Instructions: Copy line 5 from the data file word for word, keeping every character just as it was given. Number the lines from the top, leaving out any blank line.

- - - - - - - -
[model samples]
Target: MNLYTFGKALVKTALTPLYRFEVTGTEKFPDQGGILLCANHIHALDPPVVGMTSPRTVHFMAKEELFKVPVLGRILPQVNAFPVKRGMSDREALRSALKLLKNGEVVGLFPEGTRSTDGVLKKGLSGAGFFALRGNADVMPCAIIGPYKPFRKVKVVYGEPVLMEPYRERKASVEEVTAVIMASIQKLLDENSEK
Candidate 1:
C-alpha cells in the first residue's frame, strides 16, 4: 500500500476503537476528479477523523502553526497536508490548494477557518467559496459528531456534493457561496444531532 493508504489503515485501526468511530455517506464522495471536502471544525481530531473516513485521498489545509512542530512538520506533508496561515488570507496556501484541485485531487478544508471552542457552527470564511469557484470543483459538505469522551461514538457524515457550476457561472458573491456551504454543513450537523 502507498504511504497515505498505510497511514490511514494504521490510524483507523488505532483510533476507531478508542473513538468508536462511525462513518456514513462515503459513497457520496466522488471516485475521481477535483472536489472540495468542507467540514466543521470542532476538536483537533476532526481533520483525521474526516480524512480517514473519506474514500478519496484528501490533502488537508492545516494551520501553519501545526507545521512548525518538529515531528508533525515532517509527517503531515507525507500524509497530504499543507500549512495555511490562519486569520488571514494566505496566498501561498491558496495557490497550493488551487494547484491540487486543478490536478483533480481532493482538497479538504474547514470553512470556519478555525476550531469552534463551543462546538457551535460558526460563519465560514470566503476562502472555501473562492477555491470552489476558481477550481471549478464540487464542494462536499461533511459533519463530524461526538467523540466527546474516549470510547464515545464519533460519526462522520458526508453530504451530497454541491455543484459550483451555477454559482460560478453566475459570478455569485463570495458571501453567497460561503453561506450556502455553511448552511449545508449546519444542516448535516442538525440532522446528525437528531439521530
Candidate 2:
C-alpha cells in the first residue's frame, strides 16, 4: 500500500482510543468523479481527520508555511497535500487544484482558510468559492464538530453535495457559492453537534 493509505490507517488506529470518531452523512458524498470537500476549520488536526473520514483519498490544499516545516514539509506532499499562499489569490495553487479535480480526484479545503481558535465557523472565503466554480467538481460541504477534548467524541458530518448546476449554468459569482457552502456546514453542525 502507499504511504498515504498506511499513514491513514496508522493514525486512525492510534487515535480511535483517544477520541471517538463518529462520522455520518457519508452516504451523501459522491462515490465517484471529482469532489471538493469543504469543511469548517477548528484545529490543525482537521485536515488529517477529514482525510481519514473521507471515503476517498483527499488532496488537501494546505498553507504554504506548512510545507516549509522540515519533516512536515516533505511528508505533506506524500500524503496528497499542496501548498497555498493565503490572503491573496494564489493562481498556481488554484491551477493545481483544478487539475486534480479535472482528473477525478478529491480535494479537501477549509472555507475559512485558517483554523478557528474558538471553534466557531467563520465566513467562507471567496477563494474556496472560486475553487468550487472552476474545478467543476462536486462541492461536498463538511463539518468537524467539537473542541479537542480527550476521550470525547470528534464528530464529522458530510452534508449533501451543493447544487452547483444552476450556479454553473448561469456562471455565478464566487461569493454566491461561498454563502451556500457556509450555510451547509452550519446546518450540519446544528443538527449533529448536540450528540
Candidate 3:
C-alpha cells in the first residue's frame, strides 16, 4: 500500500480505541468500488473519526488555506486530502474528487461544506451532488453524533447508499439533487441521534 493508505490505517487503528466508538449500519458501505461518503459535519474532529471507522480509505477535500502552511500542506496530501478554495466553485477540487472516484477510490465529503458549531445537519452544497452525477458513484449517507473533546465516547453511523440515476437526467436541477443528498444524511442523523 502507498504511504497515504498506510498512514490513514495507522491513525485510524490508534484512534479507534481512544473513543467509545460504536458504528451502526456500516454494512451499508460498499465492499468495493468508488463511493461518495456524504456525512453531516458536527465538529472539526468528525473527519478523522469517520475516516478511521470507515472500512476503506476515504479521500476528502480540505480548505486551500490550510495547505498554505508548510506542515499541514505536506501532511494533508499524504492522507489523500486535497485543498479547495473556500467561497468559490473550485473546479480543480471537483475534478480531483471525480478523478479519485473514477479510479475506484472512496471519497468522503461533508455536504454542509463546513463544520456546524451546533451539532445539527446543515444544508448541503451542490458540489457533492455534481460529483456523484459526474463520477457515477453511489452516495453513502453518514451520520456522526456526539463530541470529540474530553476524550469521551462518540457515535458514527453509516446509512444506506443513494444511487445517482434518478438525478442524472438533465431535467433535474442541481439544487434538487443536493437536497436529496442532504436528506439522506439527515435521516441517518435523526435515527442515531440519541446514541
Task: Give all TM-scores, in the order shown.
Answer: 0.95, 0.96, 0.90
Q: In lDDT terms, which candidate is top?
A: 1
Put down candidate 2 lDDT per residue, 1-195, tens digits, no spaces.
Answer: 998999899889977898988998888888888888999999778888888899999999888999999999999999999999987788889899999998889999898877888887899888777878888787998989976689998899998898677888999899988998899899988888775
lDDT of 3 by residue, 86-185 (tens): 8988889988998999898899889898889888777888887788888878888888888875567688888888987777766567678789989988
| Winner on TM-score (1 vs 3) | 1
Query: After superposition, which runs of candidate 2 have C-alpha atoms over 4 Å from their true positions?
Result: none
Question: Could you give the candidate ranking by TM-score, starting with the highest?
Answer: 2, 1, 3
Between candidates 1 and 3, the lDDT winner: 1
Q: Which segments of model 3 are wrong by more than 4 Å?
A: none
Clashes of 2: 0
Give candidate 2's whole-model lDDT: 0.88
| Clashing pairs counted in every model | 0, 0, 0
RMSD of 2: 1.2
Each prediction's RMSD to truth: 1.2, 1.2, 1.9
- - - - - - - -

Candidate 2: